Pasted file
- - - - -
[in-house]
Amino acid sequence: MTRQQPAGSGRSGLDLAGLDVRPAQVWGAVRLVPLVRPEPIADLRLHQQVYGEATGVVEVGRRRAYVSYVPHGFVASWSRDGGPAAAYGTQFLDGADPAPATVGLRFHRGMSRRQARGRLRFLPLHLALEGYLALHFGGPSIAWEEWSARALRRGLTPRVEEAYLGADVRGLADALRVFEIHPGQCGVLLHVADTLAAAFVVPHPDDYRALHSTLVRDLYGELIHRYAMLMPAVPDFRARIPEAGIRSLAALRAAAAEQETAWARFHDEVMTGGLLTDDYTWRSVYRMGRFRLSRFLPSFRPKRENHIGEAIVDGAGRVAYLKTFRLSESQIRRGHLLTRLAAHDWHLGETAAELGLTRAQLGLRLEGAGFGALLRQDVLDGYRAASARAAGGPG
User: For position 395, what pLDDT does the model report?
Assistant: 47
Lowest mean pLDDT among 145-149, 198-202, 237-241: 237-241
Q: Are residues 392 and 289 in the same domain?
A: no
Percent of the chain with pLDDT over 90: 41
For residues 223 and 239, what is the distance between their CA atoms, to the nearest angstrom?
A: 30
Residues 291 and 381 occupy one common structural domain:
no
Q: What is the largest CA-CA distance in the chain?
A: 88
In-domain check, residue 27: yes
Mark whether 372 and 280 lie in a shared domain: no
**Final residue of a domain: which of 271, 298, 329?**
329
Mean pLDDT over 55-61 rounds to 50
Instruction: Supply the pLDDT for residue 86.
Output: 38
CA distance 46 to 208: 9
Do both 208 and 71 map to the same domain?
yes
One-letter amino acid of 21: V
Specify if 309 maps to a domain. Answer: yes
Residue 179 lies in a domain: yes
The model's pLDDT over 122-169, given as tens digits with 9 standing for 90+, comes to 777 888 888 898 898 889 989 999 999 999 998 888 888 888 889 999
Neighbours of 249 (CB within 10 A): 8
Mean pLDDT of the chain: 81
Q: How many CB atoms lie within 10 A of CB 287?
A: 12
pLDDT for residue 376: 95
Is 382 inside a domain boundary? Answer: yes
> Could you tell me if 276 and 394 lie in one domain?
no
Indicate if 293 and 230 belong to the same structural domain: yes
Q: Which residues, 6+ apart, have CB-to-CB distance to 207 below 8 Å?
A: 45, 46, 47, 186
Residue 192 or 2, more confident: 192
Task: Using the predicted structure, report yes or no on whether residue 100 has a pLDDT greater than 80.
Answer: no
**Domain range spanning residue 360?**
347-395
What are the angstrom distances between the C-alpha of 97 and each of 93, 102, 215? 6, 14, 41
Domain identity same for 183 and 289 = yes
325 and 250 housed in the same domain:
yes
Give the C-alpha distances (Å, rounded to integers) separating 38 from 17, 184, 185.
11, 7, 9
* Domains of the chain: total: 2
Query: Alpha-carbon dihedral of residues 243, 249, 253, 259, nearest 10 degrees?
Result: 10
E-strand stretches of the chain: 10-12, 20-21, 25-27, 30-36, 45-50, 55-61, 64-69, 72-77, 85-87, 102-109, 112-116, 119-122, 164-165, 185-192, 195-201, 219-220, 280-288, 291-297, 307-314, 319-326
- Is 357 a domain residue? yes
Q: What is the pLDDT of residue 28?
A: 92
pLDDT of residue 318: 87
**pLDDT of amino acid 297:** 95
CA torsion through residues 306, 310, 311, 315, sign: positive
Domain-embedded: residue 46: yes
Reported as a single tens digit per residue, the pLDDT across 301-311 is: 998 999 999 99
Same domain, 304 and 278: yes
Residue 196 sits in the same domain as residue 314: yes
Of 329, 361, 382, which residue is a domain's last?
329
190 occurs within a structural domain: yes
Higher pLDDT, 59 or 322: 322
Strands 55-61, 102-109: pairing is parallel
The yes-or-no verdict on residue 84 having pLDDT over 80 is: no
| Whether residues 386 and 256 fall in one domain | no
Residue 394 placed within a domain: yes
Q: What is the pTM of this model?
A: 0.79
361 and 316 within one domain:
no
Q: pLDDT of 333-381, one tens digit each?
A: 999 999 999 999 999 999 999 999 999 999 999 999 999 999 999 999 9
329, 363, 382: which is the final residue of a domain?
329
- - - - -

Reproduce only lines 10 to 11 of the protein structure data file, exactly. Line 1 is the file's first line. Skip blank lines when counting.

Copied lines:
A: 30
Residues 291 and 381 occupy one common structural domain: